Claire Turner American History Test I The American Revolution The Second Continental Congress declared independence from Great Britain in 1776 because they were being treated with unfair and unjust taxes and laws. The Second Continental Congress was a representation of the colonists and colonies as a whole, to Britain. In the beginning of the Congress the majority wanted to stay loyal to “The Crown,” and make peace with it. However, there were already those few who were ready to take drastic measures to relieve themselves of the British rule. One colony in particular that stands out as taking the leading role in the independence of America is Massachusetts, for they received the true wrath of Great Britain.
Finally, Britain would constantly deny any attempt to find peace between the two countries. As expected, Britain put certain taxes on the colonies to help regulate trade and pay for transport of goods. However, many of the taxes Britain put on colonists were for the sole purpose of creating revenue for the British (Doc 2). The reason the British believed they were justified to do this was the belief that colonists still owed reparations for British support in the French Indian war (Doc 1). The colonists found these taxes so insulting that many of them refused to purchase British goods.
The British did not respect the colonization in the New World and were not fond of the idea that the United States being a newly independent nation. Americans drew the last straw and built stronger nationalism to fight even though the United States was severely unprepared for war. The Americans were willing to go to war to proudly defeat
These boycotts against British shipping were the best manner for the colonists to demonstrate their distain for British rule. In Virginia, the boycott of the ports was a significant move that ultimately pushed the citizens in the area towards independence. The other cause that pushed the gentry to revolution stemmed from the unforeseen consequences of their boycott of British shipping. This would result in their protests of 1774 turning into the revolutionary movement of 1775 up until the Treaty of Paris in 1783 that ended the war, giving independence to the United States (Holton xviii). Referred to as Non-exportation, this protest was directly against the Coercive Acts that Parliament adopted for the colonies (Holton 124).
This arguments is made in an excerpt from the Connecticut Slaves Petition for Freedom that is dated May 11, 1779. It points out how the Patriots desire for independence goes against their ways of not giving freedom to thousands of slaves. All in all, the war demonstrated the democratic ideals of the Patriots while showing how many Patriots went against their own fighting reason by owning slaves. There fighting reason would be to gain independence and freedom. However, they did not give these rights to others, as you can see this in the Connecticut Slaves Petition for Freedom.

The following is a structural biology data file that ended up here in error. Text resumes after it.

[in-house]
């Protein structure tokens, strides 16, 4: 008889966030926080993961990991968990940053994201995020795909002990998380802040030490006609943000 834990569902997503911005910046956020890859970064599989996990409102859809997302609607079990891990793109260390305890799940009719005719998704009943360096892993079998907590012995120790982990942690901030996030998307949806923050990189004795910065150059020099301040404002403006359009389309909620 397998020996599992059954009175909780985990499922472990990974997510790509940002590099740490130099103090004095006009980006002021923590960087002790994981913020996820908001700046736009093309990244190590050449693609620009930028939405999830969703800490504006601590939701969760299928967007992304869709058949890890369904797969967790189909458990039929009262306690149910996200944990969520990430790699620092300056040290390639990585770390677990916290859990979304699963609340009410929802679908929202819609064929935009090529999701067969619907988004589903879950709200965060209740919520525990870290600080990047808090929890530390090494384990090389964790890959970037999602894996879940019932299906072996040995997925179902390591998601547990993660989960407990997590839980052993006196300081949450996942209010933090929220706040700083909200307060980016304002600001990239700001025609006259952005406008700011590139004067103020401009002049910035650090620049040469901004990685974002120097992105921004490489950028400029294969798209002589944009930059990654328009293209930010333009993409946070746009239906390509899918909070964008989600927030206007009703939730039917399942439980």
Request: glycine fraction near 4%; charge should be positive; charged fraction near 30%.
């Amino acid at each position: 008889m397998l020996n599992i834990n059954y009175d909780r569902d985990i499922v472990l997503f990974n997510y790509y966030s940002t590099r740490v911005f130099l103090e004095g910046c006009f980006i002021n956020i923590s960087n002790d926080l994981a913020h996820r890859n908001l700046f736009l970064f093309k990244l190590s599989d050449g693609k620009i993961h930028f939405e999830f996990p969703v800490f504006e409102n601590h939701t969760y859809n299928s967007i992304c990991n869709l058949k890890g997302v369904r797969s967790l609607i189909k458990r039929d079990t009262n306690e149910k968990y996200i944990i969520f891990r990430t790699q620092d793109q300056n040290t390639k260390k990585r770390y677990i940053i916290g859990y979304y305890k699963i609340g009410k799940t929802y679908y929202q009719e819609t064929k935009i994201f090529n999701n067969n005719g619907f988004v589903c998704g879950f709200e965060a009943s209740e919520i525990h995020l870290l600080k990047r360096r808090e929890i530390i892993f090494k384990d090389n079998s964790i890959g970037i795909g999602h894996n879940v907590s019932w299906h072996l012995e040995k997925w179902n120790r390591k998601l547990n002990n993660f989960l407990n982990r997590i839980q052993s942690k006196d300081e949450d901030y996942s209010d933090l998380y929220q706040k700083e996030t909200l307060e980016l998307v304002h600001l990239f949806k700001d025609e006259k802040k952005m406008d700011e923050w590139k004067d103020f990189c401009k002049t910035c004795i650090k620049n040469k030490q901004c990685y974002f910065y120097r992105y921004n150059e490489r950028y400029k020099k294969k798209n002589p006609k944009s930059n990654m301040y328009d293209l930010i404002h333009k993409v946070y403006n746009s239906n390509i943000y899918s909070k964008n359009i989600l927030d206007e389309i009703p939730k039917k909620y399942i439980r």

When the outsiders made the journey to Ellis Island, they were expecting the United States to be a safe haven compared to the turmoil that sliced Europe into the Allies and Central Powers; instead, they were thrust into the tumultuous culture of the States during the war. Immigrants had to figure out how to make the shift from supporting radical ideals to living in a democratic country. Even then, they also needed jobs. It was not uncommon for the only available jobs for these migrants were those that would require them to be berated for being “scabs.” The increase in working radical foreigners (Document C) paired with the radical ideals they brought from their home countries made it rather difficult for them to blend in with American lifestyles. The immigrants’ beliefs and inherent beliefs in communism and other extreme political views along with
Parliament would 've avoided the revolution if the gave the colonists representation. In the 1770s in Boston, the British have been giving taxes for money; in the Stamp Acts, Super Acts, and the Townshend Acts. However there was a group called the Sons and Daughters of Liberty who refuse to follow the British laws and try to bring the government down for unfair taxes. The colonists couldn 't rebel because they weren 't part of Parliament, so they had a famous slogan, "No taxation without Representation". That meant that if the colonists don 't get they way, then they will rebel and continue to break British law.
Do you believe the American Colonists were Patriots or did they commit treason? No I don’t they committed treason. I believe they are patriots and there sacrifices shouldn’t be considered treason. They were just doing what they thought was right and the British forced him. I don’t think the colonists committed treason because they were being treated unfair by the British government.